Poland sees $9 billion boost from Euro 2012

WARSAW - Hosting the European Championships in 2012 will generate some 28 billion zlotys ($9.1 billion) for Poland's economy in additional tourist revenues and foreign investment, boosting growth, the sports minister said on Friday.

Adam Giersz told Reuters in an interview that Poland, which is to co-host the tournament with Ukraine, expects 900 million zlotys from additional tourist traffic in 2012 and a further 5 billion zlotys in the years following.

"We expect around one million tourists to come to Poland specifically for the Euro 2012, of which around half would have tickets for games," Giersz said.

"In the following years, we also expect some half a million more tourists coming to Poland than usual and, as a result, extra revenue of some 5 billion zlotys by 2020."

However, most of the benefits for the economy will accrue from increased investments thanks to infrastructure being built faster than otherwise.

Giersz estimated the overall boost to the economy would reach some 2.1 percent of Poland's GDP in 2009.

Key infrastructure investments, mainly stadiums, are progressing on schedule and so the focus of Poland's preparations is shifting to organisation ahead of the world's third largest sport event, he said.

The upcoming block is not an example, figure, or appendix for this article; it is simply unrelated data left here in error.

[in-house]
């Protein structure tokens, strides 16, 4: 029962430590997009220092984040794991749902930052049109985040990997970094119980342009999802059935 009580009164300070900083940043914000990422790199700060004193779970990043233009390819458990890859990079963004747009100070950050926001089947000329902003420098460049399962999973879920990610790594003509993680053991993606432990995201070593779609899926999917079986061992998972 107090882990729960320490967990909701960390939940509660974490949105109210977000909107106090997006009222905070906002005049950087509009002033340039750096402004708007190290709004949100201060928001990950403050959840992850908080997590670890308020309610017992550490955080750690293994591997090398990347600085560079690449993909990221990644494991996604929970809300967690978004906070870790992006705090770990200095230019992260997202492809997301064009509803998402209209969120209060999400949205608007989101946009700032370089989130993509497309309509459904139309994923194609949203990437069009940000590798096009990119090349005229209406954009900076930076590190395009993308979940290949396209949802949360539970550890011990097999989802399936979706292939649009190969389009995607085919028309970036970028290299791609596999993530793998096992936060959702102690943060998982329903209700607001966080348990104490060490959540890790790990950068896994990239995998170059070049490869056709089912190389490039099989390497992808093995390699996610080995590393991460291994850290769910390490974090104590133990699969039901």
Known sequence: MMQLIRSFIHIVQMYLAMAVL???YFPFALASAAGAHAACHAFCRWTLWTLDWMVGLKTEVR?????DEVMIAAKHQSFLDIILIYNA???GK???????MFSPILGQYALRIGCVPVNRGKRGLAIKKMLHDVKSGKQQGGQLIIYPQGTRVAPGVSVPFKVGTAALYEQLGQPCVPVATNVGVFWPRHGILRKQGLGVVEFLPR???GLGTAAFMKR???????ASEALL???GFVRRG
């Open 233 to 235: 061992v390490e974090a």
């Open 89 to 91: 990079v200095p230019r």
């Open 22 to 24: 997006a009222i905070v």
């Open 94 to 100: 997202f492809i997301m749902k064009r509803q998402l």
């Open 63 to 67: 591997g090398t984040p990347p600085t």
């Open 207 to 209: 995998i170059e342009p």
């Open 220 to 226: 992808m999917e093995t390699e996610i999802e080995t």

"For now, it's mostly the problem of ensuring safety at stadiums. We are still facing issues such as transport logistics for football fans," Giersz added.


The centre-right government of Prime Minister Donald Tusk, a keen football fan, is proud of its record of promoting football and other sports since taking office in 2007, though Giersz ruefully acknowledged it had not been able to improve the lamentable performance of the national team who failed badly to qualify for the World Cup finals.

In his office, a large-scale map of Poland bears blue spots to mark the 1,285 sports grounds opened across the country to promote sport among youth, one of Tusk's flagship projects.

"There will be 1,850 of these by year-end," Giersz said, adding that Warsaw believed the state's role in improving both the sorry state of Polish soccer as well as other sports should focus on providing infrastructure and a clear legal framework.

Giersz said licensing requirements for football clubs needed to change with the introduction of obligatory youth academies and minimum spending levels for youth training. In return, clubs could benefit from tax breaks.

A new sports law due to come into force this autumn will introduce higher penalties for corruption and doping as well as tighter regulations for sports associations, all aimed at promoting safety and transparency in sport.

Mindful of the national team's run of embarrassing defeats, including losing recently 6-0 against Spain and 3-0 to Cameroon last week, Giersz added: "The state of Poland's football is the biggest threat to the success of Euro 2012."

But he tried to brush aside Poles' widespread fears that their team will be forced out of the tournament early on.

"I am an optimist - it cannot get any worse. We have hit rock bottom and things can only get better," he said.

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